In a new paper published by the Administrative Law Review Accord, Ryan Nunn and Gabriel Scheffler argue that public choice theory–the idea that regulations are crafted to serve the economic interests of those to be regulated in a way that is detrimental to the public–is insufficient as a stand-alone justification for the existence of occupational licensing:
Public choice theory has long been the dominant lens through which economists and other scholars have viewed occupational licensing. According to the public choice account, practitioners favor licensing because they want to reduce competition and drive up their own wages. This essay argues that the public choice account has been overstated, and that it ironically has served to distract from some of the most important harms of licensing, as well as from potential solutions. We emphasize three specific drawbacks of this account. First, it is more dismissive of legitimate threats to public health and safety than the research warrants. Second, it places disproportionate emphasis on those professions for which the justification for licensing seems weakest, rather than on those for which the justification is stronger. Third, it puts an inordinate focus on whether an occupation is licensed, rather than how it is licensed. Judges and policymakers should bear these limitations in mind when evaluating legal challenges or proposed reforms to licensing laws.
The article makes a number of important points. Public choice theory is a tempting explanation for the rise of occupational licensing, but as a full explanation it is lacking. Why?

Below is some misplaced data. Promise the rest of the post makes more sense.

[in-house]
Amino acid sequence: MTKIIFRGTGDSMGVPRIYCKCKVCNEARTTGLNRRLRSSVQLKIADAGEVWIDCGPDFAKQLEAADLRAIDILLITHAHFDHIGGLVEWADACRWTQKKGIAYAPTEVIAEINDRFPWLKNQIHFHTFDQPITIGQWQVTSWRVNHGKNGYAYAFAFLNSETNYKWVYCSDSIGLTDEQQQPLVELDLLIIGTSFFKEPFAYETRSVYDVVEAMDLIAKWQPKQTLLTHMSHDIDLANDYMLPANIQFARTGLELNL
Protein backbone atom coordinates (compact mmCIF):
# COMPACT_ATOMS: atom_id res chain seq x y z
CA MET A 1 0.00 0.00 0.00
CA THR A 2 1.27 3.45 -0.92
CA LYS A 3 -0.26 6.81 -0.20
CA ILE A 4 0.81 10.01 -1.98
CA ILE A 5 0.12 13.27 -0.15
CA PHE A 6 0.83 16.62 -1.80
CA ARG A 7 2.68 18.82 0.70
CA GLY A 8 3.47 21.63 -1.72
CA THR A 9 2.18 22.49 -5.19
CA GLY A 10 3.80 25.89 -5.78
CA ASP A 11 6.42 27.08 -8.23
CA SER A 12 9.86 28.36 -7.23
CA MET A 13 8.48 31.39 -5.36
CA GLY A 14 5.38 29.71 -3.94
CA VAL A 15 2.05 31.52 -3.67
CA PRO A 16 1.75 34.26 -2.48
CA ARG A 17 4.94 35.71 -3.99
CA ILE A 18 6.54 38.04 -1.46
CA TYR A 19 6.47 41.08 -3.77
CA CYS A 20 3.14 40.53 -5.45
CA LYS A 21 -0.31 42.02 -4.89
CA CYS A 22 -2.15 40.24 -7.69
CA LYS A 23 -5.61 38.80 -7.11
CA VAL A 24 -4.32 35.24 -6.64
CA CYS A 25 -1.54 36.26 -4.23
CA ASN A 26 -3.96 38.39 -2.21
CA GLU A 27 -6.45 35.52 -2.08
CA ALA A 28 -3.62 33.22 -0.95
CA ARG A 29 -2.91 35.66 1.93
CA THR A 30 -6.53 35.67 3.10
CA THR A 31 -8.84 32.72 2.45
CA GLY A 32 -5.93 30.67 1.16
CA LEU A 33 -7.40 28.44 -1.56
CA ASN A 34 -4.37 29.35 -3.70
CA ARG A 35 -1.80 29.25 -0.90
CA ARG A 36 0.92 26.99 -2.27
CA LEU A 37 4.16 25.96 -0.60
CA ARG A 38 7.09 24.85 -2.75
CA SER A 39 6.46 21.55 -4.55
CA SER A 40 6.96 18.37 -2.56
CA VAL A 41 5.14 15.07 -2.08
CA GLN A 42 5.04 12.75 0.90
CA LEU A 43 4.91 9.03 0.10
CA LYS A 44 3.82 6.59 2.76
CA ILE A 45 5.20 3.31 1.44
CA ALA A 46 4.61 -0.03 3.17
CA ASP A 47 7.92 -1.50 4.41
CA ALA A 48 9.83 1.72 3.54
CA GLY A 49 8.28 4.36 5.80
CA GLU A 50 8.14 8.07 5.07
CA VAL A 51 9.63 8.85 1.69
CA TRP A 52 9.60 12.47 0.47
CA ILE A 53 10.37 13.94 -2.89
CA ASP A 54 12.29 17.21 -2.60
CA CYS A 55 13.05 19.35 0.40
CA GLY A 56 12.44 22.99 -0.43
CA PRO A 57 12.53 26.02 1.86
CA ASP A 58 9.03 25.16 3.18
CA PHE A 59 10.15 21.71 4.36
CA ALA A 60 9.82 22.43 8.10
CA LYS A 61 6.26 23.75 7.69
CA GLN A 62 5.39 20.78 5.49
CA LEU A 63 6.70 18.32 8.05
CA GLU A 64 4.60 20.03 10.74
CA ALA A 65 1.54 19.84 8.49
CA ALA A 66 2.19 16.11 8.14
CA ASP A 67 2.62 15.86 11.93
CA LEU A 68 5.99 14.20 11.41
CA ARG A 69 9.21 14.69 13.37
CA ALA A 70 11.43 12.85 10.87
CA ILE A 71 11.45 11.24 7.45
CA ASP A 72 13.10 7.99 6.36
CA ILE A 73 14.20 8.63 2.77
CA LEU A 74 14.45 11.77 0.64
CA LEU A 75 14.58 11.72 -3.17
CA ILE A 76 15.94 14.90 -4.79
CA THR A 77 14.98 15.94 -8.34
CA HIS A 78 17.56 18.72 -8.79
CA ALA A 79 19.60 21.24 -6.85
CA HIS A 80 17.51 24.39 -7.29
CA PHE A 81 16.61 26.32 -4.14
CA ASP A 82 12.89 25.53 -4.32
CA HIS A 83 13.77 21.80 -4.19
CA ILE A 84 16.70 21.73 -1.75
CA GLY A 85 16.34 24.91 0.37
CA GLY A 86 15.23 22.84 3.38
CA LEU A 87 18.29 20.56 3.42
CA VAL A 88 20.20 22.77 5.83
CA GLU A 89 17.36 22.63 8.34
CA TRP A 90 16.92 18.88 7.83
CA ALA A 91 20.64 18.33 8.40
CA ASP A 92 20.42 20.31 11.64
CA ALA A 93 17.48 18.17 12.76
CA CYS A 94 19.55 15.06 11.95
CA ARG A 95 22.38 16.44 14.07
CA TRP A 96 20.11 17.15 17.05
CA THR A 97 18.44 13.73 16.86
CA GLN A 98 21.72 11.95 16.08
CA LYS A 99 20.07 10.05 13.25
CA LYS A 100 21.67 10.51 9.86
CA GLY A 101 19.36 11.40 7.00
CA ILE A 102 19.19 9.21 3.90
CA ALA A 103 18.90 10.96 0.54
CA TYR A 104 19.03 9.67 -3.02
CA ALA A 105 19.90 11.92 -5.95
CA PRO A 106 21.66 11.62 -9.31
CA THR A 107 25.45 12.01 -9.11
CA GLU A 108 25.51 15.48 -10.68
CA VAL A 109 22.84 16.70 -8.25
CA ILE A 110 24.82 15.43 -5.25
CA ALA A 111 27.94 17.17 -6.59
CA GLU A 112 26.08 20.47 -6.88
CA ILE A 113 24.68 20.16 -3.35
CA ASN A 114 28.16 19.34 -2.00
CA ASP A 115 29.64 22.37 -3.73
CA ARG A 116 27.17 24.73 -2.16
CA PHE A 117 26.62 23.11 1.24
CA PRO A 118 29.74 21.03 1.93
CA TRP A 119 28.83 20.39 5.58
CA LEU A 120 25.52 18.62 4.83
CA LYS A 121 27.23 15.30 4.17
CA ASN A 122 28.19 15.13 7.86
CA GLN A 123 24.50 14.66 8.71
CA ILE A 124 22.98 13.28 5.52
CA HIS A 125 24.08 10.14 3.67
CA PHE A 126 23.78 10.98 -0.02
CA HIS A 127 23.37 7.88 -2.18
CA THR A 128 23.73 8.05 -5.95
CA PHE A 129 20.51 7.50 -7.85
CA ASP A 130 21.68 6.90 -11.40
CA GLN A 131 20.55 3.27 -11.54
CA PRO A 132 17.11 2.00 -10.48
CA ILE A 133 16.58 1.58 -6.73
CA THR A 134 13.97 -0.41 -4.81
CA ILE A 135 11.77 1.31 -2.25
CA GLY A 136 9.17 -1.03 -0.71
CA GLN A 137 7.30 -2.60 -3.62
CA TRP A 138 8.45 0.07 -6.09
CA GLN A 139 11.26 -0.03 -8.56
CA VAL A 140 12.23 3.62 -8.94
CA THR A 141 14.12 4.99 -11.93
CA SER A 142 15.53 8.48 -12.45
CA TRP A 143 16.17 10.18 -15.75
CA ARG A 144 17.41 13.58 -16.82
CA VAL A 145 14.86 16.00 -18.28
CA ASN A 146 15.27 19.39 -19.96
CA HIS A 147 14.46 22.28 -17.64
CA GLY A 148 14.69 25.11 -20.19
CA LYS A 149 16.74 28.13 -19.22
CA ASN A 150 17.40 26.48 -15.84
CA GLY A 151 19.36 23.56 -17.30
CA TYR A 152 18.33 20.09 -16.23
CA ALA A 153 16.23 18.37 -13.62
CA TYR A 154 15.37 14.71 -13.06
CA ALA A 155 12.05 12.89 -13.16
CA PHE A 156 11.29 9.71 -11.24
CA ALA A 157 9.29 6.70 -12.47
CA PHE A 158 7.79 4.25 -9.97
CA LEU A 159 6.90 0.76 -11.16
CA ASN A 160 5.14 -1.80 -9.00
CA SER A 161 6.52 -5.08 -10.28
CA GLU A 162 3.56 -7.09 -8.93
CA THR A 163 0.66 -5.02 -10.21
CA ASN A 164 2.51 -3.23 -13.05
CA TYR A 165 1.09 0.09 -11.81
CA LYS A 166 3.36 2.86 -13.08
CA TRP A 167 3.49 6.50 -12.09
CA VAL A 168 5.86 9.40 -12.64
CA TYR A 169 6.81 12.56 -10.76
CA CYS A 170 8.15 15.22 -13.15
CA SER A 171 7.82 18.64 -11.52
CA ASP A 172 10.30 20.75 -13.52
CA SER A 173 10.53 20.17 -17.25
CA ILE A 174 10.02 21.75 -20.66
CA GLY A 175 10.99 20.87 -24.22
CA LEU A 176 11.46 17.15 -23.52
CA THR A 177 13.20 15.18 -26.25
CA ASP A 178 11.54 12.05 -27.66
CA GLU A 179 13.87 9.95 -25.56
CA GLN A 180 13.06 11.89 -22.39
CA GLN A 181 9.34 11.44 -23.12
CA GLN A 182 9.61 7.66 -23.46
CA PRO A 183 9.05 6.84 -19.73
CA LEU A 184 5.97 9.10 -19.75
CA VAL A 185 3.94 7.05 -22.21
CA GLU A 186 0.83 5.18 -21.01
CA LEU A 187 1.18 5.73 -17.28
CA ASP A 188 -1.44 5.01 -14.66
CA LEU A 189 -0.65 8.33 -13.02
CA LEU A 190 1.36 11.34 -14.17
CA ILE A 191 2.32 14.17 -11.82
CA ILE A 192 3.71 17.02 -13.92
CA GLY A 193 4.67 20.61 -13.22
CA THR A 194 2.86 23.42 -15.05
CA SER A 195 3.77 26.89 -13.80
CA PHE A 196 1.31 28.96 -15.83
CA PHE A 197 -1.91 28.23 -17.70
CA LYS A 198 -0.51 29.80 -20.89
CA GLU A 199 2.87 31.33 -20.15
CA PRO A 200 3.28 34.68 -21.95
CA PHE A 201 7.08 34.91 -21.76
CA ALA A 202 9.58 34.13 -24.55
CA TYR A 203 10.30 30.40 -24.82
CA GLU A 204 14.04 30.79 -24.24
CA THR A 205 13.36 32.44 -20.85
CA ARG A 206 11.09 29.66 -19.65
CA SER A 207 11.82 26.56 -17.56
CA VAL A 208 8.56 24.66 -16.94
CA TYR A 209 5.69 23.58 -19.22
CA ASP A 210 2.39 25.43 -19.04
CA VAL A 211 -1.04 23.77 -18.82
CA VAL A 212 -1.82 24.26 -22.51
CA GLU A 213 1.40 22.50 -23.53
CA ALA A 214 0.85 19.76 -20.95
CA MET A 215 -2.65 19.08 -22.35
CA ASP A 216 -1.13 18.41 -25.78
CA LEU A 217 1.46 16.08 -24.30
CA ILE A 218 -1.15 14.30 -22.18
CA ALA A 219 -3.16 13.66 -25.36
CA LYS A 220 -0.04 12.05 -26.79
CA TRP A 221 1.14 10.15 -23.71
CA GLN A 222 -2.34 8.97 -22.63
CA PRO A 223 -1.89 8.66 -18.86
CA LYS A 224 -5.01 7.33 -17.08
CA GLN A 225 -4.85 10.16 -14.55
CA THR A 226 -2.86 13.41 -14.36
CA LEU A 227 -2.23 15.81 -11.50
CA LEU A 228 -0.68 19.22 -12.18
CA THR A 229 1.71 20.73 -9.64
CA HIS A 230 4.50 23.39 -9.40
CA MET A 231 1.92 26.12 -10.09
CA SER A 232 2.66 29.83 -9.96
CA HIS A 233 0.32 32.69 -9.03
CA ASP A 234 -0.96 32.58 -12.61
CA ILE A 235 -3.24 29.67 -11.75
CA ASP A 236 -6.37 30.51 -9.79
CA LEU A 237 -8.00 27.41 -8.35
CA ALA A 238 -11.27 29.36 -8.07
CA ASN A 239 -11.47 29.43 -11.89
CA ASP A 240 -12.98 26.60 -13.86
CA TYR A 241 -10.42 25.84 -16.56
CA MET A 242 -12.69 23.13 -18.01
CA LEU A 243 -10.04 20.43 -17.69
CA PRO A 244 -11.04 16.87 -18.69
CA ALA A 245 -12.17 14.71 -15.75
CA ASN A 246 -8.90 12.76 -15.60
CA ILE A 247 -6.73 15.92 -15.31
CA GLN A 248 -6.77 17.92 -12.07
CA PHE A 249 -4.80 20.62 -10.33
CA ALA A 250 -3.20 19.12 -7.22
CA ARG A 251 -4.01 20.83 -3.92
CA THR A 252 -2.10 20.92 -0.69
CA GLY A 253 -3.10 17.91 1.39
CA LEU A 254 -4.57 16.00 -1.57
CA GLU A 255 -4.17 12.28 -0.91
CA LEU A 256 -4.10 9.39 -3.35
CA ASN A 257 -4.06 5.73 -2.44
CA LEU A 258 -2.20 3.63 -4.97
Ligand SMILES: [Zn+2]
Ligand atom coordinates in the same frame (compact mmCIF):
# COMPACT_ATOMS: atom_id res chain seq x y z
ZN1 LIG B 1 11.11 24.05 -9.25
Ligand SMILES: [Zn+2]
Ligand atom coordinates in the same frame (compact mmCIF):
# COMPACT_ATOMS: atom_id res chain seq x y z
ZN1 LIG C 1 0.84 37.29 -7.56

First, it’s possible to attribute licensing to the simple desire to protect the public. The history of medical licensing is particularly helpful in this case. The 1880s were the heyday of literal snake-oil salesmen. The first major Supreme Court ruling authorizing state medical licensing was the product of a suit brought against the state of West Virginia by Frank Dent, who practiced “eclectic medicine.”
Another potential cause of licensing is the trend towards professionalization. As workers in industries (particularly high-skill ones) start to develop their own standards, norms, and institutions, licensing is less an initial power grab and more a next step in a progression that elevates a given field. An additional factor is what the authors call an “occupational arms race”: professions with roles that overlap with already licensed professions (e.g. physicians assistants vs doctors), pursue licenses to put them on equal footing with other licensed professionals.
These theories are far from mutually exclusive, and each has a part to play in explaining licensing’s rise. But, far from an academic exercise, this paper’s exploration of the theories behind licensing offers a crucial lesson for licensing reformers:
[T]he standard public choice narrative is underinclusive as it tends to focus less on dominant professional organizations, such as physicians and lawyers, and more on smaller, lower-wage professions. This is unfortunate, since the former licensing regimes [as they exist today] have particularly detrimental consequences for workers and consumers. In addition, the public choice narrative is underinclusive because it has little to say about professions for which there are credible public safety risks of unregulated activity. We argue that there is a strong basis for licensure reform in these professions that, while less radical than complete deregulation, would nonetheless enhance labor market access and benefit consumers.
Some licenses, like those for barbers, egg handlers, and florists, don’t pass the giggle test and should almost certainly be done away with. But licenses for which there are plausible and weighty justifications, despite having problematic effects, need a lighter touch that’s well short of outright repeal.
Automatic recognition of out-of-state licenses, such as in Arizona, is one way to eliminate the negative effects of licensing without doing away with the institution. Scope-of-practice expansion for non-MD healthcare practitioners is another. It is the nature of regulation, not the simple existence of a regulation, that matters most.